June 8, 2013
It is often said that the worst drawdown is the one to come. However, no one seems to quantify the notion. You can't see if they are expressing these drawdowns on a percentage basis or on an amount basis. In most cases, these two views have major differences when looked at from a single trade perspective, at a portfolio level, or over a long-term trading interval like 20 years or more.
Not to mention a kind of defeatist's view as if anything you might do will lead to your worst drawdown ever. As if stating that you will eventually lose no matter what you do.
A portfolio's return could be expressed as a multiplicative series of plus and minus returns: A(0)*(1+r(i))* .... *(1+r(n)) for i to n successive returns over the life of the portfolio. Another way of expressing the same thing could be as a compounded return: A(0)*(1+r)^t.
Giving, for example, a drawdown of 50% somewhere over the trading interval could then be simply represented as 0.50[A(0)*(1+r)^t] which based on a positive r over the duration would give bigger and bigger amounts as time elapsed.
So yes, the more you progress in time and the higher your rate of return, the more your next future drawdown will be of a much larger amount.
A 50% drawdown is equivalent to 1 doubling time (the time required to double a portfolio). It's like going back and losing half of whatever you have made no matter how long it took to get there. For instance, a 15% compounded rate of return will require 4.97 years to double. A 50% drawdown will set up back this doubling time. A doubling time series: 1, 2, 4, 8, 16, 32, 64, 128, 256, 512, 1024,.... The later the drawdown in the series, the more expensive it will be. A more elaborate view on doubling time is presented here:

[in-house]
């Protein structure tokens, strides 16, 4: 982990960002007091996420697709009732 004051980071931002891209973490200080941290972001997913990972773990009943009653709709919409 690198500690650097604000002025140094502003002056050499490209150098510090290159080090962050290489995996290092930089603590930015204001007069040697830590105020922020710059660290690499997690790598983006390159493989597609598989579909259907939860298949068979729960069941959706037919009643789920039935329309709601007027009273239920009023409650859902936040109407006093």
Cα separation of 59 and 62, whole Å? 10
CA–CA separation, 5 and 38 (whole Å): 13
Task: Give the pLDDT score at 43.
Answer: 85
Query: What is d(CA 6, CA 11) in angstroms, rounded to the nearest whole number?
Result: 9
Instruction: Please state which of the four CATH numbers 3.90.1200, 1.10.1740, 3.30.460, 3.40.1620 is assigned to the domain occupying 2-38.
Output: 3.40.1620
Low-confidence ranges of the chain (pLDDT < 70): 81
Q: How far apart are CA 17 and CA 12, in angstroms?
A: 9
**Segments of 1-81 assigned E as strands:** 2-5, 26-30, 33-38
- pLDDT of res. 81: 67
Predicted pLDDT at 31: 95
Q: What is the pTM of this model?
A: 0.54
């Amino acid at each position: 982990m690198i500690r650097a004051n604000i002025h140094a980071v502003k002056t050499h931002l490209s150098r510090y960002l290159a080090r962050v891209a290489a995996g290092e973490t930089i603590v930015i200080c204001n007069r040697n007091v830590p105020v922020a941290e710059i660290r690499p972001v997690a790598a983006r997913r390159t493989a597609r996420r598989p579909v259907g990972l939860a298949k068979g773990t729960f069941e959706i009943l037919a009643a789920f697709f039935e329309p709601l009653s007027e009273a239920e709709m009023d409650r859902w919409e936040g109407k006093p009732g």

Mr. Buffett has had 4 drawdowns in excess of 50% during his long and prosperous career. His last one (covering the financial crisis) was over $100B, now that's a drawdown. Should Mr. Buffett have taken a stop loss prior to his more than 50% portfolio decline? Personally, I don't think so. And there are many reasons for this. One of the simplest reasons, especially for Mr. Buffett, is that over the long haul, portfolio declines tend to recover. At least when you play the game the way Mr. Buffett plays it.
IMHO, one should not fear to have his/her major drawdown going forward since it will happen. And if it does not happen, then you did not get there; meaning that you have not made enough to really make it matter.
Created... June 8, 2013, © Guy R. Fleury. All rights reserved.